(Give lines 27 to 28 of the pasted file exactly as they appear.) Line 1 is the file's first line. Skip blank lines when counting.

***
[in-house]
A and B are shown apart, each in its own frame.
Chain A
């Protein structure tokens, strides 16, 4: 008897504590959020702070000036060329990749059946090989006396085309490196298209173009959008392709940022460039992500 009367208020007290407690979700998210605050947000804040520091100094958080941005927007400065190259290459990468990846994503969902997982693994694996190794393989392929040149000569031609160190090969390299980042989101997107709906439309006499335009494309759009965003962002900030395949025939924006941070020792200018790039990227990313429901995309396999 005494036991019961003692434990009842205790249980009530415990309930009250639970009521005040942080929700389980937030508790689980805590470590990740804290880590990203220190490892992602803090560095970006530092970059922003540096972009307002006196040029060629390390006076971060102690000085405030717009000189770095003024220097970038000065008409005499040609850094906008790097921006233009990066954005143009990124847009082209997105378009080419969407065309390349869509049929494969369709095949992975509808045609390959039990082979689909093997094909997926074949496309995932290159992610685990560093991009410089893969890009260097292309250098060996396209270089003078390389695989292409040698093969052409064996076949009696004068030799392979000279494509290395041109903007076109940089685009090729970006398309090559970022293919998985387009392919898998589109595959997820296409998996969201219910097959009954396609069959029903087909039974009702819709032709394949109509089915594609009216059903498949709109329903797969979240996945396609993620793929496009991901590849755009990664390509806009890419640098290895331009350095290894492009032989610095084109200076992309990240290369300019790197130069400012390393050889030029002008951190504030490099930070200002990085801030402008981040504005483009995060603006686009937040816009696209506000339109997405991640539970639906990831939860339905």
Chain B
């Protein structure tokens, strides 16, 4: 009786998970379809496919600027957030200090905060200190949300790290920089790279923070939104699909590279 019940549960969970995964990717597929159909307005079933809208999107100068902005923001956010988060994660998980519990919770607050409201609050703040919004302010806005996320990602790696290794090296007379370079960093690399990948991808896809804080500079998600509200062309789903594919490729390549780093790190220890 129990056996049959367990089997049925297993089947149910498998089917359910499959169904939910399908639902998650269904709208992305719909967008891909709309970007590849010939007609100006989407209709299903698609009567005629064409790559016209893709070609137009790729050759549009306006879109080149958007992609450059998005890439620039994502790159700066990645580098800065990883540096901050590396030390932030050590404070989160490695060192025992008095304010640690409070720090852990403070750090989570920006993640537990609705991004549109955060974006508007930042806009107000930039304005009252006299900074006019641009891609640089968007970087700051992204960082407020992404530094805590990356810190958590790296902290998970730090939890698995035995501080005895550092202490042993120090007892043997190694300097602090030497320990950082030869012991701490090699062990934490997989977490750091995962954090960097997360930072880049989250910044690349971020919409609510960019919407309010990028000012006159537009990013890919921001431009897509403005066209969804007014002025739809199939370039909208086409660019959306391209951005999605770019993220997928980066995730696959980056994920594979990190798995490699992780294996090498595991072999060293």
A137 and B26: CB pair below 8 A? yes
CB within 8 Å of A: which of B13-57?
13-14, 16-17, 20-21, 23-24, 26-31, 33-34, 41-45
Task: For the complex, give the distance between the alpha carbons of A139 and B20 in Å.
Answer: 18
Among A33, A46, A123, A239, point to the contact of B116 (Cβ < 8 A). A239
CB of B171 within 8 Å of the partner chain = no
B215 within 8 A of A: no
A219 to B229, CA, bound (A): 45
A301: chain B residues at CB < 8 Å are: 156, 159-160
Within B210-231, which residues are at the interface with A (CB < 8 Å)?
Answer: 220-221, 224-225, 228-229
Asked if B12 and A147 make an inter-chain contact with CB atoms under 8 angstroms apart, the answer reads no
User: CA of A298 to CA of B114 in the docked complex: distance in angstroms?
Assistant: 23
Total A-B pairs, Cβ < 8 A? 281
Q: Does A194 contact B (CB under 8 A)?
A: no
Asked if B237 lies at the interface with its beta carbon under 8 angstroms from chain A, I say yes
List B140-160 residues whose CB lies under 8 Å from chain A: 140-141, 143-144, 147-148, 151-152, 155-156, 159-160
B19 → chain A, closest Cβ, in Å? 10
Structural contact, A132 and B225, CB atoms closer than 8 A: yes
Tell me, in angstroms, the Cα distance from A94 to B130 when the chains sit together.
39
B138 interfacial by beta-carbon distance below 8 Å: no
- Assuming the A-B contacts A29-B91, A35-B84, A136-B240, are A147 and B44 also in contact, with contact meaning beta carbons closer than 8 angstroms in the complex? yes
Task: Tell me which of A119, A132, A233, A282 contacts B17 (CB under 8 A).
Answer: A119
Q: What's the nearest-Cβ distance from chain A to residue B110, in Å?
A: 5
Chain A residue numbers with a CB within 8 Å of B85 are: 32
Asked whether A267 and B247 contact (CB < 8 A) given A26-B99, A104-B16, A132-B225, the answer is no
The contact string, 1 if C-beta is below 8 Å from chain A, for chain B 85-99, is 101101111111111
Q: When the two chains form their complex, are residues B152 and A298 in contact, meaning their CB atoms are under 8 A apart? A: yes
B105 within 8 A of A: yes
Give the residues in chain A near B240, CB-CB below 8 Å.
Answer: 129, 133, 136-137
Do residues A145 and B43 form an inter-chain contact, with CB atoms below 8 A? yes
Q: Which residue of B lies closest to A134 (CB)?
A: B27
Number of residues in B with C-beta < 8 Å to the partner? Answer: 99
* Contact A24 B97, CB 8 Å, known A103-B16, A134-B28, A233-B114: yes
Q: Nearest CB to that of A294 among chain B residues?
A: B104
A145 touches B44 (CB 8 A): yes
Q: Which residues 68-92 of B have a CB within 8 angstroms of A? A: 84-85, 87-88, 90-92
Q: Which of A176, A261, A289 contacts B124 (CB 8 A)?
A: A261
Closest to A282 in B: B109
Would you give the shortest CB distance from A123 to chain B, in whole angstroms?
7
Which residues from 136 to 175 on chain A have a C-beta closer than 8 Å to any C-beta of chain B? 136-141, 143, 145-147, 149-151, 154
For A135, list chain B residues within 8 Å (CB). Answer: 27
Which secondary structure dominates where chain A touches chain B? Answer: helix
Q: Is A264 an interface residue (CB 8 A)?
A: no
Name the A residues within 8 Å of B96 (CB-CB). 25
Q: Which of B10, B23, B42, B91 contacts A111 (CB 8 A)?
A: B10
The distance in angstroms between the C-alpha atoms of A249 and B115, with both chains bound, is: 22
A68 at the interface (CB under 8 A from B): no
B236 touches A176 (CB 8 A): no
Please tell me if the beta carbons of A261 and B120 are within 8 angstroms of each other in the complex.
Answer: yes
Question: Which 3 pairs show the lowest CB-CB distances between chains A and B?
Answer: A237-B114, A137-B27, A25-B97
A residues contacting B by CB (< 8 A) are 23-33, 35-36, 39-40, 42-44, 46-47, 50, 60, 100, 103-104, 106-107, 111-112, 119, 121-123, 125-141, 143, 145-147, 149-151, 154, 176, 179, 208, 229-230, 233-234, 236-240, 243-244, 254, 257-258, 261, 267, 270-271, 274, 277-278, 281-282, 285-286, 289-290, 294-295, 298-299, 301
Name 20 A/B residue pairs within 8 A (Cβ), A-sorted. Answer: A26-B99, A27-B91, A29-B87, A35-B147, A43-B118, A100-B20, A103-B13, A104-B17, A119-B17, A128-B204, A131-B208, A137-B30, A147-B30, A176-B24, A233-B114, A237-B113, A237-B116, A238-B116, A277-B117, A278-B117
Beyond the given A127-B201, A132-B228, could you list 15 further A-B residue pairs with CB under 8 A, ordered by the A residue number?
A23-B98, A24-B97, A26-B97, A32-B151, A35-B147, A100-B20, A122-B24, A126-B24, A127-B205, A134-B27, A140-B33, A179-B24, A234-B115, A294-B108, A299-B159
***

B19 → chain A, closest Cβ, in Å? 10
Structural contact, A132 and B225, CB atoms closer than 8 A: yes